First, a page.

that this information should not be made available to the
public” because of the risk that such information would
be shared with the individuals incarcerated at the Jail.
(Id. at n.1).
reasoning is compelling. Federal courts have repeatedly found
good cause to limit discovery or disclosure of information
implicating the safety and security of prisons and jails.
See Fourhorn v. City & Cnty. of Denver, 261
F.R.D. 564, 569, (D. Col. 2009) (“Ample case law
addressing issues relating to jail or prison security and
safety concerns reflects a broad policy against Court
interference in matters which affect those concerns.”)
(citing Thornburgh v. Abbott, 490 U.S. 401, 415, 109
S.Ct. 1874, 104 L.Ed.2d 549 (1989)); see also Robinson v.
Adams, No. 1:08-cv-01380-AWI-BAM PC, 2012 WL 912746, at
*2-3 (E.D. Cal. Mar. 16, 2012) (issuing protective order for
documents containing information which implicated the safety
and security of the prison).
despite the presumption in favor of public access, the Court
finds here that good cause has been shown to permit the
designation of the Jail Policy and Procedures Manual as
confidential. The Jail Manual shall be produced and
maintained pursuant to the terms of a protective order.
Defendants are directed to file a proposed protective order
with the Court, indicating that the documents shall be marked
as “Confidential” and shall not be disclosed to
unauthorized individuals or used for any purpose other than
the preparation of the case.
No. 2 seeks “all reasons and justifications, if any,
for why the Bullitt County Detention Center strip searched
the Plaintiff.” (DN 25-2, at p. 2). Defendants objected
to this Interrogatory as duplicative and burdensome because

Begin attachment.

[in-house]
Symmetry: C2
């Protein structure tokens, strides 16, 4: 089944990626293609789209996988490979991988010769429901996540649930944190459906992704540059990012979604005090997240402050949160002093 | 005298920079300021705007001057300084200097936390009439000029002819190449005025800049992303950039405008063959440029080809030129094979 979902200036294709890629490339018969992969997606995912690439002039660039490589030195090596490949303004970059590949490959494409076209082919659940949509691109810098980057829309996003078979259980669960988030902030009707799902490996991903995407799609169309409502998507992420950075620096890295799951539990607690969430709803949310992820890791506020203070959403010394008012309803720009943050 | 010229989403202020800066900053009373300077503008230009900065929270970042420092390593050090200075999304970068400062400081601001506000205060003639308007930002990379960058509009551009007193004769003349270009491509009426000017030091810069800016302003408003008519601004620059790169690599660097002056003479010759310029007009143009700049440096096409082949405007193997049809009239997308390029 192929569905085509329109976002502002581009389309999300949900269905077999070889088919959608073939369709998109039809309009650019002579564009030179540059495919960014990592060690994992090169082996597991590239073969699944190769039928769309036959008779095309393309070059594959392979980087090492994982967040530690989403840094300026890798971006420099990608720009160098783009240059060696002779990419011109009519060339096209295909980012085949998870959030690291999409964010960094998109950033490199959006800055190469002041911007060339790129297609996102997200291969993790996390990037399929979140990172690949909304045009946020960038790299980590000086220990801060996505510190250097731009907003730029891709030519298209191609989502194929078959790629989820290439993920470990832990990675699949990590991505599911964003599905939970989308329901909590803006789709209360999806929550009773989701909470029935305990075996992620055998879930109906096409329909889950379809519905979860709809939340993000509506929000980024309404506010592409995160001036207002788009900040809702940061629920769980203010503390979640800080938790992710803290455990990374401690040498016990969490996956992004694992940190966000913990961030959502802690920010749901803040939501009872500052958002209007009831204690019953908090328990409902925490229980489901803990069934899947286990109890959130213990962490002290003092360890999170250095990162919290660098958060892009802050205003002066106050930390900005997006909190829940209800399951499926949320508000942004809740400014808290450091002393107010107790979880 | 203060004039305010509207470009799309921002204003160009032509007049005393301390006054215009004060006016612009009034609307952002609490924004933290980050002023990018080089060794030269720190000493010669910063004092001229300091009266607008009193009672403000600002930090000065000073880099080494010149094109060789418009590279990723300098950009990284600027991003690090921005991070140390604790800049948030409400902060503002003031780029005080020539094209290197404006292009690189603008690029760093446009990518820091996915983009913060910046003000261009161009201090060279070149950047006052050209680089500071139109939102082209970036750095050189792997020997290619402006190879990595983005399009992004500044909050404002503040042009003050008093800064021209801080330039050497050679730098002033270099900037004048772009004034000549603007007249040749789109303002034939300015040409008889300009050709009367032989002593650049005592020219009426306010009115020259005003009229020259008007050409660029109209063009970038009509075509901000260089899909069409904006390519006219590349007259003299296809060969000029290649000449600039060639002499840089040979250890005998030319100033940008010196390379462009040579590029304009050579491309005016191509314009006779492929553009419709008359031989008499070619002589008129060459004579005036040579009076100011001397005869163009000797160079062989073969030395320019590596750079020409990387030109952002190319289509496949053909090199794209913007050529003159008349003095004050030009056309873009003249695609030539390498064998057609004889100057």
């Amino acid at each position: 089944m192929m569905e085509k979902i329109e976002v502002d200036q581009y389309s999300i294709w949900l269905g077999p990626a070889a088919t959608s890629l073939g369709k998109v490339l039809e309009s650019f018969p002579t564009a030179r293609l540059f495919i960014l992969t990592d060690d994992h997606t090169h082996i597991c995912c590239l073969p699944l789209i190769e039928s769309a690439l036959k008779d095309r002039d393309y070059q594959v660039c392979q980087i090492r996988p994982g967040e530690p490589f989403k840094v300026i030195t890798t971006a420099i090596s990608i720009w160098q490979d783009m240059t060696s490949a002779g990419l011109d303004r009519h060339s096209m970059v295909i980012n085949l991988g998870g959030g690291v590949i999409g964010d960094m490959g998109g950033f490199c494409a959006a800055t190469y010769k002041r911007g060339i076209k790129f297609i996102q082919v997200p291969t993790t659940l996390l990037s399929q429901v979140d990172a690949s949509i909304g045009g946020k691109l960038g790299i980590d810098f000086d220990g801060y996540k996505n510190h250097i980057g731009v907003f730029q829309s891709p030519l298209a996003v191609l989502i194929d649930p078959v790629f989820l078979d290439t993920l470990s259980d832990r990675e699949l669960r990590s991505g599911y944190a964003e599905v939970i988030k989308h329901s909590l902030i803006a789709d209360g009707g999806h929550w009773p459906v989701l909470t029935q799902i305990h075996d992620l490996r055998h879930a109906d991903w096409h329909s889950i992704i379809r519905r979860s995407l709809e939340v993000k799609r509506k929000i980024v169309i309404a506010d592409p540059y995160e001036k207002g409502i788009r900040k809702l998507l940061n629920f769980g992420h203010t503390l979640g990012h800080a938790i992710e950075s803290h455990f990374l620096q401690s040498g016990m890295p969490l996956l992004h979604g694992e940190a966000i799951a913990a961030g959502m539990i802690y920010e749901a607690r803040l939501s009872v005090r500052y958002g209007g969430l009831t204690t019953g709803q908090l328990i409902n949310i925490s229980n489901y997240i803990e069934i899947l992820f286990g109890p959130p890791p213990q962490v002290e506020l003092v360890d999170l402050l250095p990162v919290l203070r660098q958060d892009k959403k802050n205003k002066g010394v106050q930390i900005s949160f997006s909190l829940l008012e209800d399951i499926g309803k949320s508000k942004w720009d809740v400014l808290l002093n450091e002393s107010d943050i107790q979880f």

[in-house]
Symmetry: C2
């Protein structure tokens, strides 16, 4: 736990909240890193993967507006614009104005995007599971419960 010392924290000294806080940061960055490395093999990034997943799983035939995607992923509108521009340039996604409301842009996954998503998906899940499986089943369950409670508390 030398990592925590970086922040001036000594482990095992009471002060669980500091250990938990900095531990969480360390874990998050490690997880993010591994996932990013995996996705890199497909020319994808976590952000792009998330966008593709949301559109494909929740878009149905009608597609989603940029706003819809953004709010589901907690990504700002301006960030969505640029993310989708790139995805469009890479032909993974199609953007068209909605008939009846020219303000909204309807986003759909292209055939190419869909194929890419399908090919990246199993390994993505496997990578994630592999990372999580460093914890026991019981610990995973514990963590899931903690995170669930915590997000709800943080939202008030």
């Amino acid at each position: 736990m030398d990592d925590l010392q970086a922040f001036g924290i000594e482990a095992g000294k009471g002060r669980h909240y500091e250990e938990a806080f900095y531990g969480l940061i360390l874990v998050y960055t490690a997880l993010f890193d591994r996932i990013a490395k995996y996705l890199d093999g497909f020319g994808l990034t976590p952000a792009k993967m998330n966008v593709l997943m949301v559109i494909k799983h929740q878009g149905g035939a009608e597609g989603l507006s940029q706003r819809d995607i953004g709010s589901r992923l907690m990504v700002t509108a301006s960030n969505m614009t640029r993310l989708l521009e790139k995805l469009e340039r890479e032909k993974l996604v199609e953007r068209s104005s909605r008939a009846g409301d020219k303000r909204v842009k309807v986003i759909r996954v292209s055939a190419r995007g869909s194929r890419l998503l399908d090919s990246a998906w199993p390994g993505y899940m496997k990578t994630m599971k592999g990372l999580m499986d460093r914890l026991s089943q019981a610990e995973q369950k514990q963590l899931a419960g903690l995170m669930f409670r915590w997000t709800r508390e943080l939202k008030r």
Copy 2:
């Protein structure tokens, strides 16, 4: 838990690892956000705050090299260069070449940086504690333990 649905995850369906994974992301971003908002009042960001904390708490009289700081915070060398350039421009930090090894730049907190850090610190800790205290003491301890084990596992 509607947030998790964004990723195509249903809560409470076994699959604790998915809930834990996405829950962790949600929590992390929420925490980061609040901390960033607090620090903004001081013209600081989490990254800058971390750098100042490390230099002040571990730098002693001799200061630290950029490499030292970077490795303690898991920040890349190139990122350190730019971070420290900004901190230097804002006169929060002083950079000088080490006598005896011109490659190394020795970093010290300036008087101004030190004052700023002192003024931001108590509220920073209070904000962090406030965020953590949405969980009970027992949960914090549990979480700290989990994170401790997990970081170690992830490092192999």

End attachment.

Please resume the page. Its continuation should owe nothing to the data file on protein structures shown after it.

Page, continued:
this information was previously provided to Shadburne.
Without waiving that objection, Defendants went on to state:
Plaintiff was brought to the Bullitt County Detention Center
in a van with six other detainees/arrestees who were either
returning from court to the jail or had been committed to
custody by the judge following a court appearance. Plaintiff
was then detained for the purpose of processing and then
strip searched prior to being placed in a holding cell where
another inmate was being held. Once it was Plaintiff's
turn to be booked, she was called out of the holding cell for
purposes of the booking process by utilizing the Jail Tracker
program. Plaintiff's strip search prior to her detention
in the holding cell occurred pursuant to 501 KAR
3:120(3)(b)(3) which provides that ‘A prisoner may be
strip searched only on reasonable suspicion that is based
upon the existence of objective information that may predict
the likelihood of the presence of a weapon, drugs, or other
item of contraband concealed on a particular prisoner.
Reasonable suspicion may be based upon one (1) or more of the
following examples: . . . (3) . . . after transport from or
through an area to which the public may have access.'
(Id.). This response is deficient, according to
Shadburne, because Defendants do not state how the
interrogatory is duplicative and burdensome and because
“baldly quoting a law, without stating how the law
applied to the Plaintiff - when it clearly does not - is not
an answer.” (DN 25-1, at pp. 4-5). Defendants respond
that this interrogatory is duplicative because Defendants
previously provided this information to Shadburne through
their Motion for Summary Judgment and supporting affidavits.
clear from Defendants' response to Interrogatory No. 2,
and additionally from Defendants' Motion for Summary
Judgement and the affidavits submitted therewith, that the
Bullitt County Detention Center strip-searched Shadburne
because she was being placed in a holding cell with another
inmate while waiting to be booked. (DN 7-1, at p. 6; DN 7-2;
DN 25-2, at p. 2). Defendants believe that KAR 3:120(3)(b)(3)
justifies their strip-search of Shadburne on ...